Can JS create awesome mobile app experiences with React Native?

Animations are essential to the mobile user experience.
People have grown to expect user-friendly handheld interfaces.

“It can make animations, but… it’s… jumpy. Nothing’s better…” Does this sound like a familiar thought when building mobile apps with JavaScript?My experience in Titanium, Cordova and the likes has given me the impression that I must compromise on animations and design when using these frameworks.

However, when I built Utayomin (tanka Japanese poems SNS app) for iOS and Android last year, I loved using Facebook’s ReactNative. So this time round, I experimented with building my animations and interactions with ReactNative for my new project.

Phrasal Verbs Flashcard
Having recently come to London and makingfriends who are learning English, I was inspired to build a flashcard app. Before getting down to coding it, I worked on the designby myself. One of the advantages of JS-based frameworks is that you can save coding time by developing for multiple platforms (and invest that time in design).

Here’s a summary of the libraries and functions I applied. Using the Animated, PanResponder, ReactART, and OpenGL libraries, I created general animations, card interactions, dynamic charts, and background blurrings.


Used for almost every animation, including the menu toggle and the dynamic charts.. When you create animations with ReactNative, the Animated library is your best friend.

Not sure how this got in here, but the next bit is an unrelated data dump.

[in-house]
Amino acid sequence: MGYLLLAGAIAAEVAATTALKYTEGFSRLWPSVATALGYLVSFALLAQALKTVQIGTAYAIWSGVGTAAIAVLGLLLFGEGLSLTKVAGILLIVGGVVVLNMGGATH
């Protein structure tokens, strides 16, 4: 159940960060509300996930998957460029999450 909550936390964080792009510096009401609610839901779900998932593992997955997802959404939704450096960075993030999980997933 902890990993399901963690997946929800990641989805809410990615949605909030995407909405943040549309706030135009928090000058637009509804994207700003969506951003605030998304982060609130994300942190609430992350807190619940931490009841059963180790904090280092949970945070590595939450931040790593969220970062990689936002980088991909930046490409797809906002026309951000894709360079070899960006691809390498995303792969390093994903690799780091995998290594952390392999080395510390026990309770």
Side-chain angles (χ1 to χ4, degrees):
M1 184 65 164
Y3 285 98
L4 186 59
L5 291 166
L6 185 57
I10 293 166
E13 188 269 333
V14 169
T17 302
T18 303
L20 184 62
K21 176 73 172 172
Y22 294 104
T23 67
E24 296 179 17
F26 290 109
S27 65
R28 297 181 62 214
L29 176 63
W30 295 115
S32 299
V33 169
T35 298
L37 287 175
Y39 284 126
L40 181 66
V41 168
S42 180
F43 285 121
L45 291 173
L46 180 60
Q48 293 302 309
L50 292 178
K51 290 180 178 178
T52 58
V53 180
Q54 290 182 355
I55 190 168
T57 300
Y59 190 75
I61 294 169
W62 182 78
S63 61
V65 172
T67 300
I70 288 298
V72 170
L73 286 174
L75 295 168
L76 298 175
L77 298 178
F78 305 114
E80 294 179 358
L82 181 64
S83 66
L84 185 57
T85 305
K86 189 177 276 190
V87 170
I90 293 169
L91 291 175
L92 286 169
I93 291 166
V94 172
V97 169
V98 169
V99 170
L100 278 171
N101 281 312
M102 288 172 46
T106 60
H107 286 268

Used for applying touch gestures in the cards (except for the return-to-center gesture, which uses Animated). This library is provided for applying touch gestures easily.


Used for dynamic charts, applying its animated shapes instead of static images. The animation itself was implemented with the Animated library (see above).

ReactART is the bridge library for the ART drawing library. React Native includes the library which enables us to use ReactART in the ReactNative environment.

There’s not much information about ReactART in the ReactNative documentation, so I’m also watching another library.


Used in the background blurrings behind the cards. I didn’t try to do something challenging, like passing animation values to the OpenGL Surface. Instead, I animated the parent view of the Surface.

This library allows us to use OpenGL from ReactNative.


It’s fun to try animations and develop quickly using ReactNative’s hot-reloading.

Naturally, because the framework allows us to deploy for multiple platforms, I released an Android version of the app. A few functions were ommitted, but overall we can provide a pretty good experience on Android without problems.

If in the past you had a bad experience using JS mobile app frameworks, give ReactNative a try. I think you’ll be surprised.

Thank you for reading :) See you!

P.S. I’m new in London. I’d like to talk about programming, design, startups, Japanese poems, etc… with many people. Let’s be friends :)